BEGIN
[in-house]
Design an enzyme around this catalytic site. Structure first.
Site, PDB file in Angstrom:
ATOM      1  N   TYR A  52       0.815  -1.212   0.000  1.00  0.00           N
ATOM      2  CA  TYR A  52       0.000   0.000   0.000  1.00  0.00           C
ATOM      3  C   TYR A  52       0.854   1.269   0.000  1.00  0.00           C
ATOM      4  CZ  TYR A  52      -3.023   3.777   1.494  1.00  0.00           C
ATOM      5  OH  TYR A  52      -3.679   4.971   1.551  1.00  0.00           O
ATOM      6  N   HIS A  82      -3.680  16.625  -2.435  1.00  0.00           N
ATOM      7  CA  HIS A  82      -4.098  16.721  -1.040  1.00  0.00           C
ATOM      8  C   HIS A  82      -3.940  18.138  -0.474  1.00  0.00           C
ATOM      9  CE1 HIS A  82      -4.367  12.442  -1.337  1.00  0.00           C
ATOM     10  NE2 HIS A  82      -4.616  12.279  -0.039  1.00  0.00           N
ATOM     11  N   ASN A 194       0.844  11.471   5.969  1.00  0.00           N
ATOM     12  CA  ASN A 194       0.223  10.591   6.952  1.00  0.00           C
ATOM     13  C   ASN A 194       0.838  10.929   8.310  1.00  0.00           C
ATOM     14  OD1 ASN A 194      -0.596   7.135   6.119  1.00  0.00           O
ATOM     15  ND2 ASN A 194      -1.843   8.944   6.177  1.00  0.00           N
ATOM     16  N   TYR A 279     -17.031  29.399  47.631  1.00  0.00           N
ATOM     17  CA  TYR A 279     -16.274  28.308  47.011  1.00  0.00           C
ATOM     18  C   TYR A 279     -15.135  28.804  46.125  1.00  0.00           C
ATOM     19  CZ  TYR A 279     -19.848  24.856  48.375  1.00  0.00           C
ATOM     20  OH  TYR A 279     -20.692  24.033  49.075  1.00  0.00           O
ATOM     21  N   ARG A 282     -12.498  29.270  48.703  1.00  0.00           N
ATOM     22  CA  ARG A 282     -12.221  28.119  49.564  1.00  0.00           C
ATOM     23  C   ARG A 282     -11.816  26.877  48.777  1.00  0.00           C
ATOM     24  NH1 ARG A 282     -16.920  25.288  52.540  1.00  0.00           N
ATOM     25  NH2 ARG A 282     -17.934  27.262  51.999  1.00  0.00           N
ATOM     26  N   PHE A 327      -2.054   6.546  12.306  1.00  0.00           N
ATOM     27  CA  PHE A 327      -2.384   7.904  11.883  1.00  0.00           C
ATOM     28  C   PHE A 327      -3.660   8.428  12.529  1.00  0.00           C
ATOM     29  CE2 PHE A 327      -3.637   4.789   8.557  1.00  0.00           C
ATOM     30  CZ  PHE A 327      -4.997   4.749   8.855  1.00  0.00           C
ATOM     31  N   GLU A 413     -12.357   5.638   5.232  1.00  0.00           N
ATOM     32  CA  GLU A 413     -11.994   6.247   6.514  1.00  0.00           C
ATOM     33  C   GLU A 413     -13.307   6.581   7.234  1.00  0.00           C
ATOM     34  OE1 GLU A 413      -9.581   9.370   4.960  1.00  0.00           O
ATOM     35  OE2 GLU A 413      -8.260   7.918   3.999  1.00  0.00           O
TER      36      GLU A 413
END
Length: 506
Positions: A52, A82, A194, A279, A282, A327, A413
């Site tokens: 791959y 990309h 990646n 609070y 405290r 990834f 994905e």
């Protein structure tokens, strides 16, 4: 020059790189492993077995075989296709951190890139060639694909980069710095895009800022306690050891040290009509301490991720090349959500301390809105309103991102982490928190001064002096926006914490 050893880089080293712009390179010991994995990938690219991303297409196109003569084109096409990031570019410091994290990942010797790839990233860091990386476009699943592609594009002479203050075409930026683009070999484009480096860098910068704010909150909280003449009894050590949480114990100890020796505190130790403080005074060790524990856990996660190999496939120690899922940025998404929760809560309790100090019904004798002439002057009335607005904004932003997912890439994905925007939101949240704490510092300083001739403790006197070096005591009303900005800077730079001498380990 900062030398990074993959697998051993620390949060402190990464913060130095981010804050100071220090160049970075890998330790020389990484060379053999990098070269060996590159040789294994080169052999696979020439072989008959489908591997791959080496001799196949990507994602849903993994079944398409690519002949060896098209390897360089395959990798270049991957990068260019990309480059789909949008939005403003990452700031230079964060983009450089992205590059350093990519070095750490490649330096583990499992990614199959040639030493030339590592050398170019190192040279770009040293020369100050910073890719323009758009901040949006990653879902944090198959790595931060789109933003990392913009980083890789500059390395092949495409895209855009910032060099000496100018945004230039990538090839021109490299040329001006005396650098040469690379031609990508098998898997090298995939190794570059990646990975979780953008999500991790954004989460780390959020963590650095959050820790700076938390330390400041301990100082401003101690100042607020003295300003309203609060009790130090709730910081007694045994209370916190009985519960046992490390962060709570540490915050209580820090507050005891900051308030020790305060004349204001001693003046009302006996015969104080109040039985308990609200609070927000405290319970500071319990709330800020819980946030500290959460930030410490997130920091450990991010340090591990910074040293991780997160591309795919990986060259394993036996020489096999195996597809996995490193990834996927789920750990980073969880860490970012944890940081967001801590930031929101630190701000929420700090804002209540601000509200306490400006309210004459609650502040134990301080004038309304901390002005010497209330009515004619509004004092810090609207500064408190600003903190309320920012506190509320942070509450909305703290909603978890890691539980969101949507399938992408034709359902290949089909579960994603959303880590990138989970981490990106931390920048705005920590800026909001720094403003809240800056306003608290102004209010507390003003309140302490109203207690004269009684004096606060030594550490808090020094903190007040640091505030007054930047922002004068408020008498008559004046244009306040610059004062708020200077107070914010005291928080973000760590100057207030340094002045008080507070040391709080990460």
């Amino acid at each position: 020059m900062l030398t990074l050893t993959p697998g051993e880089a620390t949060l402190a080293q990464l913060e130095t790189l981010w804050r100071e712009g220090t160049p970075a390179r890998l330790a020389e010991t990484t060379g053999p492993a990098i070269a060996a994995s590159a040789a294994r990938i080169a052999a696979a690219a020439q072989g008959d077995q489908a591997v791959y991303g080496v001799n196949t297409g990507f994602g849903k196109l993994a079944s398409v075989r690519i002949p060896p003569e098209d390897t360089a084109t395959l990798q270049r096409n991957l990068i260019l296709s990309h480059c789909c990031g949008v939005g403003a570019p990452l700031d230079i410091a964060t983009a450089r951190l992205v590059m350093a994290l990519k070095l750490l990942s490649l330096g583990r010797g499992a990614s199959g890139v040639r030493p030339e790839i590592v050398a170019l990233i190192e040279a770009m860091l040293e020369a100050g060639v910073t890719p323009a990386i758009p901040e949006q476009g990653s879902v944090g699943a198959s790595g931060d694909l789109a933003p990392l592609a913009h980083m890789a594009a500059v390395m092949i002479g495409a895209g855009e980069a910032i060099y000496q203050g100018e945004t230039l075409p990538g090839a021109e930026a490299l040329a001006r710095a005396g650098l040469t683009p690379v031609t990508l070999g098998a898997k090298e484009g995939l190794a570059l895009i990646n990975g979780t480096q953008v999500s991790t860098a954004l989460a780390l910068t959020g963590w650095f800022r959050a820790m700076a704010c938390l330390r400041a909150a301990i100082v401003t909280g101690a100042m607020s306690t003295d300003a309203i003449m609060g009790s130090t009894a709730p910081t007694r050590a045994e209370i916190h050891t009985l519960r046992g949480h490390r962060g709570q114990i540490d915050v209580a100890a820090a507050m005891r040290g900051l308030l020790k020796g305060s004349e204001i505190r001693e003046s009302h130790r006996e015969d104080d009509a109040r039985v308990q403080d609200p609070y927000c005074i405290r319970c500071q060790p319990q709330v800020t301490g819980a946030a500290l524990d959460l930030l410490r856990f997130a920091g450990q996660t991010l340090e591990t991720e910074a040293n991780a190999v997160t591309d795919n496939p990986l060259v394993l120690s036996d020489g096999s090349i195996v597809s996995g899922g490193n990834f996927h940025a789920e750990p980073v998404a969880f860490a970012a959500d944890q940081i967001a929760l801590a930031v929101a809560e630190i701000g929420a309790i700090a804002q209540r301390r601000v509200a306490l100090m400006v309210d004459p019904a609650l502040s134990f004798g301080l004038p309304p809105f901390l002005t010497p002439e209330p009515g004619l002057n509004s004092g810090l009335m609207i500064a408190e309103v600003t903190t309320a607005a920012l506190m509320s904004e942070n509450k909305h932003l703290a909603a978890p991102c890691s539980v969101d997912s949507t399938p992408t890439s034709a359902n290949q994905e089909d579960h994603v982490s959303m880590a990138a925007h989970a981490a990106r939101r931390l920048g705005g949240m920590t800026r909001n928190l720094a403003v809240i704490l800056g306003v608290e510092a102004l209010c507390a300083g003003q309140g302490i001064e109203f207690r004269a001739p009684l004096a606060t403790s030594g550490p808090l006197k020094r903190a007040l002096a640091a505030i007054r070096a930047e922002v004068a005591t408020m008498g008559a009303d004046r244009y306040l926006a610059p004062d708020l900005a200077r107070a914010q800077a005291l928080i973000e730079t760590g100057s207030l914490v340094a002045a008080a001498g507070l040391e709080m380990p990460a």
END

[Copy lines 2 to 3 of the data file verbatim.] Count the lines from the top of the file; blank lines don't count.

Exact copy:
Design an enzyme around this catalytic site. Structure first.
Site, PDB file in Angstrom: